Editor’s Journal: 2014 Technology Wish List for Cary


Cary, NC — What’s on the top of my 2014 Technology Wish List for Cary? Gig U, ultra-high speed broadband for a 7-county area of the Triangle including Cary, is my #1 item.

2014 Technology Wish List for Cary

Looking ahead to 2014, what are the biggest technology opportunities for Cary?

I asked a few tech gurus around town including Ian Henshaw, Robert Campbell, Karen Espenhahn, Ray Zeisz, Lindsey Chester, Ian Cillay and Lori Bush to help me compile a 2014 Technology Wish List.

1. Gig U

“It’s gotta be Gigabit Internet!,” said Robert Campbell, a member of Cary’s ISAB. Who doesn’t want super-fast, less costly internet?

Gig U is a project of Blair Levin, a former FCC Commissioner for Broadband, Raleigh attorney and Fellow at the Aspen Institute. Duke, NC State and UNC as well as many of the communities in the Triangle (including Cary) are on board. The U.S. has fallen to 15th on the worldwide list of download speeds by nation (South Korea leads with a bit rate 15x the U.S. average).

The good news: towns that have developed ultra-fast networks, including Kansas City and Chattanooga, TN, have seen a big influx of high tech business. The Triangle would be the largest region in the nation with ultra-fast broadband. In some cases, fiber already exists. Gig U estimates it would take two years to deploy gigabit internet across the region.

While this is not a Cary initiative per se, staff has done good work in this area and we should collectively push this item to the top of our 2014 Technology Wish List.

2. Town Website

My Cary tech friends all had suggestions about improving the Town’s presence on the web. I know Council and staff have a new website on their radar, but have been constrained by other budgetary demands during challenging economic times.

Let’s make 2014 the year we tackle a new Town website. My correspondents encouraged our civic leaders to think outside the box, including a preference for open source platforms. Many mentioned developing a mobile strategy including responsive web design and a small family of helpful apps. “How about a Cary Art mobile app?” Lori Bush suggested.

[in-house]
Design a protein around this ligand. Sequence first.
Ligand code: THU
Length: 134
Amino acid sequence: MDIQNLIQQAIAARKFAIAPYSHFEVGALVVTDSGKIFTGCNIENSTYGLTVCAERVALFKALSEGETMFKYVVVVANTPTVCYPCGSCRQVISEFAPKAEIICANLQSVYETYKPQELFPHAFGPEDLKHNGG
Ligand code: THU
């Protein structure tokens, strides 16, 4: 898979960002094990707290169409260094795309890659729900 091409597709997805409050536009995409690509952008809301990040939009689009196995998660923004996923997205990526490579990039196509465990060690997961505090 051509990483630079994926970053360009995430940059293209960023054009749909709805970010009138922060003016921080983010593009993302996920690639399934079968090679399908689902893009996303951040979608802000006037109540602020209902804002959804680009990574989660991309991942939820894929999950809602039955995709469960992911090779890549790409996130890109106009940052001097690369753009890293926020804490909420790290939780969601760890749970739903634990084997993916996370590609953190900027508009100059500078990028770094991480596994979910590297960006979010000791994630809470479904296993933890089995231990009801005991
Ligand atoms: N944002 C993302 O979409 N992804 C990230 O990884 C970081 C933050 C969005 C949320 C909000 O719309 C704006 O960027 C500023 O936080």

3. Open Data

Open Data can be explained in a nutshell as:

Converting legacy information systems (like PDFs, paper and CDs) into online, machine-readable formats.

The community has made some progress in the last year. In Cary, a hugely successful Open Data Day was organized by Technology Tank with the help and support of the Cary Chamber and Town staff. Across the region, Raleigh, Durham and even Morrisville have made steps toward modernizing data systems.

Open Data saves time and money while increasing transparency. As well, third-parties like Triangle Code for America brigades can build useful apps from streams of info, like the popular mashup of Crime Data with a Google Map. But that data has to be published online to be usable.

Ian Cillay, the founder of Triangle Open Data Day, emailed about the difficulty of buying a ticket online for a show at Cary Arts Center. “If it was possible to build a search tool that let a user search by location + age + duration + time-of-day + price, just maybe someone would build [an app for] it.”

In 2014, I hope Town Council recognizes the importance of Open Data. The age of the PDF is over.

Tech Toys

My correspondents had other ideas at the top of their lists including more tech programs from Parks & Rec, carbon monoxide sensors on police cars and public wi-fi in Town parks.

Then the conversation veered off to tech toys. Here’s what some of Cary’s nerdiest have on their personal 2014 Technology Wish List:

  • Lightening speed car chargers for mobile phones (must-have item for Lindsey Chester)
  • Fit Bit, a wristband that gathers biometric data on sleep and exercise. (Lori loved it. Lindsey hated it.)
  • Magic Wand Remote – our sources say “it’s the bomb.”
  • 3D Printer – Laying off all the elves
  • Flora – 4kids wearable electronic platform, Arduino Compatible

2014: The Year of Tech in Cary

Cary, NC is a tech community. But that doesn’t make us a tech Town. Maybe 2014 is the year we close the gap.

It’s not for lack of will – it’s lack of resources. Let’s make some bold moves in the tech space like we have on infrastructure.

Happy Tech New Year to all Cary Citizens!


Editor’s Journal by Hal Goodtree. Photo by Dirk Vorderstraße.


CaryCitizen is sponsored in part by Hopewell Academy in Cary, serving grades 5 – 12.

3 replies
  1. pradeep
    pradeep says:

    How about being the first town in NC that really embraces residential solar power, rain water harvesting, home gardens and puts an end to toxic herbicides and pesticides used by residents as well as the town?
    Most communities in Cary are hostile to rooftop solar. Maybe cary needs a city wide ordinance which gives the freedom to homeowners to do rooftop solar, regardless of the sham solar access law in NC and various HOAs that are inflexible or downright hostile to rooftop solar.
    Residential solar PV tax credits may sunset by 2015 so there is still some time :-)

  2. Len Nieman
    Len Nieman says:

    While they’re at it, someone should explain to people posting things on the Town’s web page Office Open XML (.docx/.xlsx/etc) is NOT the same thing as Open Document Format (.odt/.ods/etc.), used by many of us running Linux instead of Windows.

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